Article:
This advertisement for Marc Jacobs’ Daisy perfume is significant in it’s normalcy. The viewer is confronted with an image that is first and foremost appealing to the eye. The colours, textures, and shapes are easy to look at, and reflect an aesthetic that we are immediately familiar with. Three young, thin, attractive women are pictured in a colour-saturated summer reverie. Happily, they present us with a product and the promise of our own such liberation-through-purchase.
Dresses of white lace establish a sense of virginal innocence, which carries with it a nod to the institution of marriage. In keeping with our course emphasis on intersectionality, I would argue that this idealization of marriage (traditionally by way of the church) works additionally to maintain a heteronormative modal of young womanhood. While depicting contemporary young women who appear to come from diverse backgrounds, these Victorian-style lace dresses place these women in a context of antiquated eurocentrism.
These women look to be barely teenagers; their oversized perfume bottle reminiscent of small children being dwarfed by the size of a large toy. The inherent contradiction here is that this object is at once toy and beauty product. This forces me to ask: who is this advertisement directed towards? Women who are the same age as those depicted here? Or others who look on in desire?
The words on the perfume bottle provide the only indication of what these young women are actually in service of: a small, delicate flower potentially acting as a metaphor for themselves, and then the faint name of the eponymous author and brand, Marc Jacobs.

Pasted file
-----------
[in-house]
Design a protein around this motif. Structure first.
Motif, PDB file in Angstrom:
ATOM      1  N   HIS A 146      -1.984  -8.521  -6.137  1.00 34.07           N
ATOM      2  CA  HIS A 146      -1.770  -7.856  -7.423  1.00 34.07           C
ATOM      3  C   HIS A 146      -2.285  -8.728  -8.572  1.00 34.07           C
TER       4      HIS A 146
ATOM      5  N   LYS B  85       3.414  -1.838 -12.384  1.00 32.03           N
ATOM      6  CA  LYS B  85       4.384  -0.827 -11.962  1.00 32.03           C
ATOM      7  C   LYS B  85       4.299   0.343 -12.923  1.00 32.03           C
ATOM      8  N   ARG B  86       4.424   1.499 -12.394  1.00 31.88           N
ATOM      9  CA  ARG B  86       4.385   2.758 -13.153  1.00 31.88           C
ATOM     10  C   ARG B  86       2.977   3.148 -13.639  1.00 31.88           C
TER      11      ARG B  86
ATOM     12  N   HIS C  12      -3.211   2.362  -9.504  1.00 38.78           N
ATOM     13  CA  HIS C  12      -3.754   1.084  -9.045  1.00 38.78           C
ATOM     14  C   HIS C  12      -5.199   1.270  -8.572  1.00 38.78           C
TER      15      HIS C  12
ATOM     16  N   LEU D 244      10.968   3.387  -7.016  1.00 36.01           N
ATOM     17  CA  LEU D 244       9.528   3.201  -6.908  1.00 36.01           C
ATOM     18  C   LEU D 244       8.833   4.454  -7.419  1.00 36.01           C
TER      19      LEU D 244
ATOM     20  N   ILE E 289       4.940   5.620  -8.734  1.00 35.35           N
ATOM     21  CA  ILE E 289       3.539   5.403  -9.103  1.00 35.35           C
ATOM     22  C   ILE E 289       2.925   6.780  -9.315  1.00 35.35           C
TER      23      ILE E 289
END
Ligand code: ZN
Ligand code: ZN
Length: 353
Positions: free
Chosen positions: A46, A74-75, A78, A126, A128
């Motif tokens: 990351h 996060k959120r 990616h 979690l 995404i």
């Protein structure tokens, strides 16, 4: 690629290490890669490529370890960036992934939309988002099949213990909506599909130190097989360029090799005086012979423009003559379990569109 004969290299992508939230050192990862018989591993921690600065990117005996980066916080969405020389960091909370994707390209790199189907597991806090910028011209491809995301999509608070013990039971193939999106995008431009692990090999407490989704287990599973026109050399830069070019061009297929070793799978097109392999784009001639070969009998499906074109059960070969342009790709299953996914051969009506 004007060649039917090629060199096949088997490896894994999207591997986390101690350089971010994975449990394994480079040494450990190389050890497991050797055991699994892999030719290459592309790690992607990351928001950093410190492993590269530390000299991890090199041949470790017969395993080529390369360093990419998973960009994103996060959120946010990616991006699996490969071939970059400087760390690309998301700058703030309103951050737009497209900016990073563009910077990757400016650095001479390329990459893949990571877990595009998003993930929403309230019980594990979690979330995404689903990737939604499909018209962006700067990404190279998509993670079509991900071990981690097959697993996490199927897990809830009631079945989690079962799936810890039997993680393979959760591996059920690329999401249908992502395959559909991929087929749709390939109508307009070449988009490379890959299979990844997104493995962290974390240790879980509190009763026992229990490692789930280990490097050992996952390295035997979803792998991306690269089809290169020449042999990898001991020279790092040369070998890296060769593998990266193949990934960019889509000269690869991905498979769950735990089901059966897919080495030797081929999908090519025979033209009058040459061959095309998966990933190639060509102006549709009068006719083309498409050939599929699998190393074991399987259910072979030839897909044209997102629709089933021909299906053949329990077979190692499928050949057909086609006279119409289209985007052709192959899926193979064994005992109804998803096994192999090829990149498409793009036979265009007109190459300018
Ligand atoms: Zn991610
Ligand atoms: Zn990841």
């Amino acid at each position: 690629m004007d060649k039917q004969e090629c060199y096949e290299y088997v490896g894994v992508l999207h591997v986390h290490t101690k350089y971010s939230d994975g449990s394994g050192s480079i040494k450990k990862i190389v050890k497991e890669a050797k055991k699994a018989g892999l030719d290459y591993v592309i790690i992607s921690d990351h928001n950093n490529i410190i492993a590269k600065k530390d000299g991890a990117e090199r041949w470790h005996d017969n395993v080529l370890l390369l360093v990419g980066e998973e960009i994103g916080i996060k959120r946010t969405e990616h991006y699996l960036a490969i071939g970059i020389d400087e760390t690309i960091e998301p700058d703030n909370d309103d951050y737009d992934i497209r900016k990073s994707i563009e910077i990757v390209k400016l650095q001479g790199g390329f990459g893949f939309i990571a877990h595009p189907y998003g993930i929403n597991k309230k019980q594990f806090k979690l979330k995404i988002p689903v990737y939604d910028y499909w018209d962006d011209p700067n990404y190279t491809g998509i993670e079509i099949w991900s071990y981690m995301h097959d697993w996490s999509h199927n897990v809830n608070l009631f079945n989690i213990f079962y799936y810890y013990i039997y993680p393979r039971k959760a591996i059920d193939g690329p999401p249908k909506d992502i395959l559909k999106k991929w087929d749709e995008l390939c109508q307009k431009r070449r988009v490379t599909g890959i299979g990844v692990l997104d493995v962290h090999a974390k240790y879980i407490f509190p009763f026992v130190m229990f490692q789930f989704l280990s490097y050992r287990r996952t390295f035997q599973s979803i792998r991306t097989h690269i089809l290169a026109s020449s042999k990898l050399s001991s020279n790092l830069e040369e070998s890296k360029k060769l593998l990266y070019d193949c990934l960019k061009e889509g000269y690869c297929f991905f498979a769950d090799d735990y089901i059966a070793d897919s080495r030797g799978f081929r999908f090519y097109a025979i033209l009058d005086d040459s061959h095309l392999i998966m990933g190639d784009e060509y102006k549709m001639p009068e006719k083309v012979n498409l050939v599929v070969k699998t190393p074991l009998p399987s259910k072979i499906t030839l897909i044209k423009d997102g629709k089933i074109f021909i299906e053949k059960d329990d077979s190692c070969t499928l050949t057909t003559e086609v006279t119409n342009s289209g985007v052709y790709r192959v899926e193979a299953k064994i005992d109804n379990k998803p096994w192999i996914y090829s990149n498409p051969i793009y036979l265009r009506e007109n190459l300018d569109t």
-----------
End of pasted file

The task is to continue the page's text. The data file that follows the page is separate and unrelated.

In this Culture Jamming project, I would like to address the implications of idealizing the young female body in this way and question who and what advertisements such as this one are meant to serve.
In light of the recent wave of women using the hashtag #MeToo to aknowledge the enormity and widespread nature of the issue of sexual harassment and assault, I found this to be a fitting replacement for the perfume’s text. This social media phenomenon was triggered by the exposure of Film Producer, Harvey Weinstein, as a perpetrator of sexual violence against countless recognizable women in Hollywood and beyond.
Through this alteration, I am interested in posing a clear question of the power and authorship behind this image, as well as the implications this has for young women. Images such as this one are not benign, but serve as a platform for young women to be projected upon and sexualized. Horror at exposing the ubiquity of sexual violence through #MeToo is justified, and my interest here is to display that subtle manifestations of this violence exist all around us.
Having a man’s name celebrated on the central amulet of this childhood fantasy is perverse. I would like to highlight the widespread nature of not only sexual violence, but that images such as this one are created by men, for the benefit of men (financial and otherwise), and work to engender an atmosphere where violence against women is permissible. Harvey Weinstein was in an extremely powerful position, from which he acted upon young women and moved without fear of consequence. By rewriting this name and brand as that of someone who has been publicly outed as a predetor, I hope to make explicit the top-down power structure that creates a system in which the exploitation of women’s bodies is seen as the status quo.
Khomami, Nadia. “ #MeToo: How a Hashtag Became a Rallying Cry against Sexual Harassment .” The Guardian , 20 Oct. 2017, www.theguardian.com.